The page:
I was fortunate to be born not into a white society, but into the society of western culture, into a culture that has produced countless great works of art, architecture, literature, philosophy, and music, that values rational and scientific thinking, that strives to honor the inviolability of each person, that values human rights, a culture borne of the Judeo-Christian tradition (love thy neighbor, turn the other cheek, do unto others…). In spite of all this, the only culture today that is not allowed to be celebrated is the one culture that allows all other cultures to be celebrated. True, we have imperfectly implemented our values, but we are no less perfect than any other culture.

Throughout history in Europe, Asia, Africa, and the Americas untold millions were enslaved by people of every race and religion. War and the accompanying starvation and pestilence killed hundreds of millions of people. Yet, miraculously, our ancestors survived and you and I are alive in the 21st century, enjoying the fruits of western civilization. Unfortunately, as Europe and The United States is populated by humans, we still endure prejudice and bigotry. I venture to guess one would find it impossible to go anywhere in the world where these failings were not present. Yet western society in general, and The United States in particular, have laws that protect individuals in every strata of society. And we enforce—some would say over-enforce—them. Still, imperfect as humans are, we in The United States have enshrined in the highest law of the land that each person, regardless of any identifiable characteristic, is equal under the law.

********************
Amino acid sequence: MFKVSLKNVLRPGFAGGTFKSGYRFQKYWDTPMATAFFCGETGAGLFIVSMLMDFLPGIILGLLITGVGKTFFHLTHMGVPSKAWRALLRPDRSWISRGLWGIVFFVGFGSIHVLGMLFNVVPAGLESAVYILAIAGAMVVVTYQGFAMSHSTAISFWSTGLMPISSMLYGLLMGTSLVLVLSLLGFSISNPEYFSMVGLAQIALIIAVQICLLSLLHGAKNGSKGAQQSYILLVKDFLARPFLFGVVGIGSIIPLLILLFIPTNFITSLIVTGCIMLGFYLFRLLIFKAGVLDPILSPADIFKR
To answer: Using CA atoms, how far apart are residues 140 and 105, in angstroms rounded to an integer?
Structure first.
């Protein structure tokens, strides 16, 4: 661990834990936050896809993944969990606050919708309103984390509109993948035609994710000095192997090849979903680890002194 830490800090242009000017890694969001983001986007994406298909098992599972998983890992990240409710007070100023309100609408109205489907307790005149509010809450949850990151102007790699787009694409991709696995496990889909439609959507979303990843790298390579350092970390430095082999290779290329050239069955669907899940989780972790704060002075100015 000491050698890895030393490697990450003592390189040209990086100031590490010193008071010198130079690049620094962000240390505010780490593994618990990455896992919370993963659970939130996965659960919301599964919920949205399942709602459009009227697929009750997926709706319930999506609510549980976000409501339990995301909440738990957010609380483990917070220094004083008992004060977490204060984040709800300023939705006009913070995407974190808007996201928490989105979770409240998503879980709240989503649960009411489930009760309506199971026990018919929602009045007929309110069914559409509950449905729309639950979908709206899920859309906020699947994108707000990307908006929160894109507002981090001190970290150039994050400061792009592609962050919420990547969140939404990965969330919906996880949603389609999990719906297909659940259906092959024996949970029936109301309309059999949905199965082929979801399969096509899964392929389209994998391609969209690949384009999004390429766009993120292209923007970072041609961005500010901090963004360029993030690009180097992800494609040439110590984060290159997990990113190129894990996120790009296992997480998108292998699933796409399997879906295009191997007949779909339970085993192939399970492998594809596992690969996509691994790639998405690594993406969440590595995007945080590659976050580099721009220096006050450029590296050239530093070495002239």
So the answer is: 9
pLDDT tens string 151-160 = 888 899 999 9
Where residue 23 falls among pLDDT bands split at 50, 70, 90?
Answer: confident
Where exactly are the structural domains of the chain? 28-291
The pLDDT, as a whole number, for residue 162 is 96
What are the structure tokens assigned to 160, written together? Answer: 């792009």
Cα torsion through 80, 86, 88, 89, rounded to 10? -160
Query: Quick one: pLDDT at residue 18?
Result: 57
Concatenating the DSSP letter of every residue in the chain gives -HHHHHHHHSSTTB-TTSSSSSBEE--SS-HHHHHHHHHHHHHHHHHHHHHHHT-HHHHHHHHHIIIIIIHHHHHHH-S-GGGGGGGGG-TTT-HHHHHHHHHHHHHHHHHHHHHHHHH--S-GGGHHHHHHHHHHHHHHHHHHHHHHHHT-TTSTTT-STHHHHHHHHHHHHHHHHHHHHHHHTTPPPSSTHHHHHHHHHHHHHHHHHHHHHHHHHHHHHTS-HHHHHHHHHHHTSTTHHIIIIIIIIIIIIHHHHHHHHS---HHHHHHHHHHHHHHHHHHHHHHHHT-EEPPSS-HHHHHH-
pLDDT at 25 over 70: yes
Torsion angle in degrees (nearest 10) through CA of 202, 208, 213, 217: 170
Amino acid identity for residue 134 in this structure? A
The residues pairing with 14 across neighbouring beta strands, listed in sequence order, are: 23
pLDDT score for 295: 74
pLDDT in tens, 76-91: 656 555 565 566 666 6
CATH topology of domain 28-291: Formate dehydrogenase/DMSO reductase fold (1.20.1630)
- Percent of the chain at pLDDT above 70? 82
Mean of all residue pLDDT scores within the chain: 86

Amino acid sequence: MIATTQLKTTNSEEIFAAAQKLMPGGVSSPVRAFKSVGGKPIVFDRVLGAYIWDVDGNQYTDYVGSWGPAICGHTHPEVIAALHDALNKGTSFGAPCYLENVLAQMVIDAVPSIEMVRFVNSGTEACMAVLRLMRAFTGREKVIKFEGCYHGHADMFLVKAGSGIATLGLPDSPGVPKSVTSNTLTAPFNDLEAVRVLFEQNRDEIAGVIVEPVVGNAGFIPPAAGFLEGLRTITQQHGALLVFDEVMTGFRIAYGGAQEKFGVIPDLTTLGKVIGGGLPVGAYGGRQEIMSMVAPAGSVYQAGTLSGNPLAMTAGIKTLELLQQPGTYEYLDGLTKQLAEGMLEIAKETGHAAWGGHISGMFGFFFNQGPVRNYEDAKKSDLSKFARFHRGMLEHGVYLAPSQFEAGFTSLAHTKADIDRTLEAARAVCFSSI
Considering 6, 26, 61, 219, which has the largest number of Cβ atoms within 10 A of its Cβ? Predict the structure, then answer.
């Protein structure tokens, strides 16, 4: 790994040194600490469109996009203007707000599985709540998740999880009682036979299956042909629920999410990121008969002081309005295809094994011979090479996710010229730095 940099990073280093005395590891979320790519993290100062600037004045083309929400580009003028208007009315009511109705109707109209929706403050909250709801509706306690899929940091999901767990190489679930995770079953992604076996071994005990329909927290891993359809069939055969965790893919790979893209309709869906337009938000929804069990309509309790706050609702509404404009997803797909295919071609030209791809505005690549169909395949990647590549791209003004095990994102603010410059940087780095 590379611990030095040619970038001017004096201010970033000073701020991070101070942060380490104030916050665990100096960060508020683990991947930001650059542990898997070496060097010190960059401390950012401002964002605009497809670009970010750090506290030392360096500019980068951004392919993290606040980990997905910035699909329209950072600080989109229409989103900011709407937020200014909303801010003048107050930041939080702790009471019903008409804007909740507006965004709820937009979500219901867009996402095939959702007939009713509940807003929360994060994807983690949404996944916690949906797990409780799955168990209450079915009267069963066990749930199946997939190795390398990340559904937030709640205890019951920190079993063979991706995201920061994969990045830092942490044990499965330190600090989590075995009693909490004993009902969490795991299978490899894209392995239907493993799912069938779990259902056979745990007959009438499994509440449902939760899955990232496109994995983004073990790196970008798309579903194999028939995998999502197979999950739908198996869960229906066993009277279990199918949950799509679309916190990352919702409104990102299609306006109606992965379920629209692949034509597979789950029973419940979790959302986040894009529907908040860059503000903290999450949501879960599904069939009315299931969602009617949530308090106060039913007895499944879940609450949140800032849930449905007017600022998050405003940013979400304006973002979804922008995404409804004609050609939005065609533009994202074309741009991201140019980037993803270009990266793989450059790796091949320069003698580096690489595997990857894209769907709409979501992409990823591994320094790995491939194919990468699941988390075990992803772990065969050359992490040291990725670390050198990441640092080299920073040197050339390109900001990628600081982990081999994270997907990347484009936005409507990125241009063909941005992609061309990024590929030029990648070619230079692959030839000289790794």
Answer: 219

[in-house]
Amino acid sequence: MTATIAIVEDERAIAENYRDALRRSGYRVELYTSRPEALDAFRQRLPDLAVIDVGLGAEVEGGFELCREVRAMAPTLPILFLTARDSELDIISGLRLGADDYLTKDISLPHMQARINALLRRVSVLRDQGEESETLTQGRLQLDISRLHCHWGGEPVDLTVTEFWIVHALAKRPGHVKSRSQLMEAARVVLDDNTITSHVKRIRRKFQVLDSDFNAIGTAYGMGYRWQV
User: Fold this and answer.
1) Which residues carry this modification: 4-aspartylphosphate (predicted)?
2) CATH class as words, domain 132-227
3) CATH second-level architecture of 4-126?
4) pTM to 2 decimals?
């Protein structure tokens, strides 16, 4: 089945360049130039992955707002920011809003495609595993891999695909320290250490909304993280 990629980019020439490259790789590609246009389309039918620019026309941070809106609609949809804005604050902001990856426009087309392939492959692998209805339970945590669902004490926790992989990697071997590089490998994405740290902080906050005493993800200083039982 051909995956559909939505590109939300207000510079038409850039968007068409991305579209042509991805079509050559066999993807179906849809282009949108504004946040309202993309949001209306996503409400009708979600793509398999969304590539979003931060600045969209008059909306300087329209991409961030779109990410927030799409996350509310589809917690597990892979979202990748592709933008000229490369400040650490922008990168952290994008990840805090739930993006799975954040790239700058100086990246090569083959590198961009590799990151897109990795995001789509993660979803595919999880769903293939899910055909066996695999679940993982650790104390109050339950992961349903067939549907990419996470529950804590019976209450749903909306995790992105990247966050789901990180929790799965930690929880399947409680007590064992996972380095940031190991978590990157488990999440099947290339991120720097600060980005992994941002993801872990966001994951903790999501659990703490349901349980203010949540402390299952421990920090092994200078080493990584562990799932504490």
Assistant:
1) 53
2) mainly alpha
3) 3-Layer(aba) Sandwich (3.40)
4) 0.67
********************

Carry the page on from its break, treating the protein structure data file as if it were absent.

All of us here in western society are privileged relative to those in most of Africa and much of Asia by virtue of our Western Civilization heritage. An attitude of gratitude and your own personal intestinal fortitude will bring you more of whatever you desire than one of envy and resentment. Many people have a difficult life due to circumstances imposed upon them by others, circumstances beyond their control. Still, if you were born into western society at this time in history, you, regardless of your color, benefit from Western Civilization Privilege.

For further reading see Musings of a Male of European Descent and 10 Steps to Attract the Life You Want